The growth target set by the Two Sessions is certainly realistic. In 2022, the GDP growth target was set at “around 5.5 percent.” However, China missed the target and grew by only 3 percent mainly due to outbreaks of COVID-19. But China’s GDP still exceeded 100 trillion yuan (US$14.55 trillion) for the third consecutive year in 2022 despite complex external challenges. It is expected to exceed 130 trillion yuan (US$18.84 trillion) in 2023, an increase of about 10 trillion yuan from the previous year.

Riding the buoyant sentiment in China, provincial-level governments announced ambitious local GDP growth targets for 2023. At the high end, Hainan, Jiangxi, Tibet, and Xinjiang set targets between 7 percent and 9.5 percent. At the lower end, Beijing, Tianjin, Shanghai, and Guangdong set targets ranging from 4 percent to 5.5 percent. The average of all the regional growth targets is around 5.9 percent.

 FDI to Increase

China’s Central Economic Work Conference last December highlighted the need to increase foreign trade and investment cooperation to stimulate growth and proposed expanding market access.

Foreign direct investment (FDI) in the Chinese mainland, in actual use, expanded 6.3 percent year-on-year to 1.23 trillion yuan in 2022 according to data from China’s Ministry of Commerce. In U.S. dollar terms, FDI inflow rose 8 percent year-on-year to US$189.13 billion. Manufacturing and high-tech industries continued to attract high levels of foreign investment despite the economic slowdown, and some regions, such as the EU, increased investment in China significantly.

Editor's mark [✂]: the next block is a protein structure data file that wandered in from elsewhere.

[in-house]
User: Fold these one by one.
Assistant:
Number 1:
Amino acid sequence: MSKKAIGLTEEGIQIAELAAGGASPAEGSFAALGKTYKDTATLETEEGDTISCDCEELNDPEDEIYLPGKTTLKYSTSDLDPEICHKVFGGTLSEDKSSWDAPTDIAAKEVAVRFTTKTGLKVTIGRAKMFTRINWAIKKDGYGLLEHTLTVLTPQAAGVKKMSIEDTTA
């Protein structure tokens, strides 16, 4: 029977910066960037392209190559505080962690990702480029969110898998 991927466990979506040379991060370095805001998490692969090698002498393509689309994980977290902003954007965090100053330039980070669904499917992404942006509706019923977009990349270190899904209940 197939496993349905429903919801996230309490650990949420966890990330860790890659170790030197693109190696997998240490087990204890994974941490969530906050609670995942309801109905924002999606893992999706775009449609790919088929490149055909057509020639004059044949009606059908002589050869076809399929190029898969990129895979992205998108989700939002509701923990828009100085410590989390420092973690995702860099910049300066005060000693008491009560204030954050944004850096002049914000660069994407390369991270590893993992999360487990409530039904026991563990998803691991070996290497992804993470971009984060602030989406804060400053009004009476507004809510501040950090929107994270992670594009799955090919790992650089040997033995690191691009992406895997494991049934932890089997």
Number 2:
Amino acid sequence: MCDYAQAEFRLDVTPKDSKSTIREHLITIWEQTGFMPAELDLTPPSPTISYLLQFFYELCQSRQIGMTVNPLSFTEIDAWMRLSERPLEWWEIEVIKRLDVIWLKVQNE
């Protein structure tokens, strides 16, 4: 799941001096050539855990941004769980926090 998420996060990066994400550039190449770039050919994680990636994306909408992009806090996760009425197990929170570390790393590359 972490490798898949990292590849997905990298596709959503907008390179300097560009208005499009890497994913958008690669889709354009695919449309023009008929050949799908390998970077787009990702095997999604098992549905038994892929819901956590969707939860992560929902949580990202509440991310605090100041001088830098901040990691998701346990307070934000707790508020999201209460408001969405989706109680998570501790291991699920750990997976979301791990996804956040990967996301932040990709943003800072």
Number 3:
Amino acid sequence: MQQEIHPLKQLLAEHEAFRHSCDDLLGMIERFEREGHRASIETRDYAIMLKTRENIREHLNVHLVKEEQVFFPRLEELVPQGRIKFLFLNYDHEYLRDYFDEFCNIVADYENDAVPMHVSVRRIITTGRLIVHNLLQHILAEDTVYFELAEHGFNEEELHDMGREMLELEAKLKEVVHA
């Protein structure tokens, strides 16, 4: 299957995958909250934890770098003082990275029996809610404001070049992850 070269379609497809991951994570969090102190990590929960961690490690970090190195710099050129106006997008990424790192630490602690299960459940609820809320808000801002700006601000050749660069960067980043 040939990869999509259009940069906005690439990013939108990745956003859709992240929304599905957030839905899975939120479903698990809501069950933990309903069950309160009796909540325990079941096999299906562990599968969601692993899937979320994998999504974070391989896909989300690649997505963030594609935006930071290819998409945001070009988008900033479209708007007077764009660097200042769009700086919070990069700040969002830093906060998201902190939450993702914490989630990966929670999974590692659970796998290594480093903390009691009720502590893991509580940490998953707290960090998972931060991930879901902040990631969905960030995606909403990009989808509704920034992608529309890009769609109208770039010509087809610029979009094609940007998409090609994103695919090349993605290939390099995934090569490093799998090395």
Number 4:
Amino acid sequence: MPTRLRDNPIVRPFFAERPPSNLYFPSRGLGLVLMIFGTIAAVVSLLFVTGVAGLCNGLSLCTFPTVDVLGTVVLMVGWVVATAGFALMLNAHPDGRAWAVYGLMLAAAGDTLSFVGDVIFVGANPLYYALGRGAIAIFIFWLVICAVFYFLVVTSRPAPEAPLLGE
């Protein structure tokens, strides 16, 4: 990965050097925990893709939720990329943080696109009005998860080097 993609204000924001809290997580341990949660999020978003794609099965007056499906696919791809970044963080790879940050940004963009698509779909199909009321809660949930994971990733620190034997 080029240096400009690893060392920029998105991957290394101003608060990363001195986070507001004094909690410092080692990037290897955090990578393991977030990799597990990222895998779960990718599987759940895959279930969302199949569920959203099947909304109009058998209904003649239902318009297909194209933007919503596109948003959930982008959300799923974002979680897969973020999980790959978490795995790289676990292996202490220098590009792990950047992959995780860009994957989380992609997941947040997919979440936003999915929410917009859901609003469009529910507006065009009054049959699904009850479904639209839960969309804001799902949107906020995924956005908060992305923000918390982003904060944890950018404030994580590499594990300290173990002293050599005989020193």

Certain industries saw above-average rates of investment growth in 2022. The actual use of foreign capital in manufacturing reached 323.7 billion yuan (US$47.8 billion), a year-on-year increase of 46.1 percent. This accounted for 26.3 percent of all foreign capital used in the country in 2022, which is a proportional increase of 7.8 percentage points from 2021. Countries with a relatively high increase in investment in China included the Republic of Korea, Germany, and Britain, with investments increasing by 64.2 percent, 52.9 percent, and 40.7 percent year-on-year, respectively. Investment from the EU also saw rapid growth, with investment from the bloc increasing by 92.2 percent year on year, a significant reversal from the 10.4-percent year-on-year decrease in 2021. Investment from Belt and Road countries grew by 17.2 percent, and investment from the nine ASEAN countries grew by 8.2 percent.